Postcesarean endometritis: Clinical risk factors predictive of positive blood cultures

Steven D. Spandorfer, E. Graham, I. Forouzan

Research output: Contribution to journalArticlepeer-review

7 Scopus citations


OBJECTIVE: To identify peripartum risk factors that are predictive of positive blood cultures in patients with postcesarean endometritis. STUDY DESIGN: A retrospective review of 179 patients diagnosed with postcesarean endometritis was conducted. Patients with positive and negative blood cultures obtained at the time of diagnosis were compared. Patient's charts were reviewed for intrapartum, intraoperative and postpartum factors. Chi- square and nonpaired Student's t tests were used when appropriate, with P < .05 considered significant. RESULTS: During this period, 179 (20%) postcesarean patients developed endometritis. One hundred sixty-eight (94%) of those patients had blood cultures. Eleven (6.5%) were positive; however, one of these grew a skin contaminant and was disregarded. When patients with positive blood cultures were compared to those with negative blood cultures, length of labor, number of vaginal examinations, postoperative day when the diagnosis was established, estimated blood loss at the time of cesarean delivery, presence of intrapartum chorioamnionitis, number of hours of ruptured membranes, white blood cell count at the time of diagnosis, use of prophylactic antibiotics, development of wound infection or other infectious etiologies were not shown to be predictive. There were no positive blood cultures among patients with a temperature < 38.5°C. At a temperature < 38.8°C, 1/126 (0.79%) had a positive blood culture. At a temperature ≤38.8°C, 9/42 (21.4%) had a positive blood culture (P <.001). Approximately $5,890 was spent on obtaining positive blood cultures in patients with temperatures < 38.8°C. In contrast, $218 was spent per positive blood culture obtained from patients with a temperature ≤38.8°C. CONCLUSION: The traditional practice of obtaining blood cultures at a temperature ≤38.0°C is not justified, but elevating the threshold to 38.8°C is equally effective and less costly.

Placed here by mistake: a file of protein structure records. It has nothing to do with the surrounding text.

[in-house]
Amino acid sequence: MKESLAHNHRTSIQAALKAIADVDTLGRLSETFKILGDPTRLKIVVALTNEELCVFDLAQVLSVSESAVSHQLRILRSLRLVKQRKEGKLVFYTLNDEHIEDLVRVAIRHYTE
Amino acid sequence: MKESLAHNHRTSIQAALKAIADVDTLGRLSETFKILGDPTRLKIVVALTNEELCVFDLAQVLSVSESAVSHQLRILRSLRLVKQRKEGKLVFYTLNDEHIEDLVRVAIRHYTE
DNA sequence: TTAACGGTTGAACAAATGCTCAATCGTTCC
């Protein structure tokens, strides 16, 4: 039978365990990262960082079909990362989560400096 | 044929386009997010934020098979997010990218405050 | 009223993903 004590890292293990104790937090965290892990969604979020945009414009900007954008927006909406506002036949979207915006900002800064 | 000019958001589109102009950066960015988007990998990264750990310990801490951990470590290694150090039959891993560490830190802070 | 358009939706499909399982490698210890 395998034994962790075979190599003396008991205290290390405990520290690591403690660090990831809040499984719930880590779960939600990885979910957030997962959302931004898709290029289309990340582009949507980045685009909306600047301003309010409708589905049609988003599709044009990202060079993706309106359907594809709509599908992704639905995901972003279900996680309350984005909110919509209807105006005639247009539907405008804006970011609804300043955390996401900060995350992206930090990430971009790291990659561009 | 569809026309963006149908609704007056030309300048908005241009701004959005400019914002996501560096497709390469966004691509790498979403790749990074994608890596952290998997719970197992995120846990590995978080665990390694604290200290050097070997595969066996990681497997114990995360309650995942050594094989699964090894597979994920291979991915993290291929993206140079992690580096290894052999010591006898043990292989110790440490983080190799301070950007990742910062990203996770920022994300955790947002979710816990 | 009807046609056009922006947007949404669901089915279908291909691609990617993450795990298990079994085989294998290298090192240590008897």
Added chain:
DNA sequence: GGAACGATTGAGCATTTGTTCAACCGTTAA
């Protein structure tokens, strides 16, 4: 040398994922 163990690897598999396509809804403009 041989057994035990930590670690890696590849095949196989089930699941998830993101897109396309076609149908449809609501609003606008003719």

Original languageEnglish (US)
Pages (from-to)797-800
Number of pages4
JournalJournal of Reproductive Medicine for the Obstetrician and Gynecologist
Issue number11
StatePublished - Nov 1 1996
Externally publishedYes


  • cesarean section
  • endometritis

ASJC Scopus subject areas

  • Reproductive Medicine
  • Obstetrics and Gynecology


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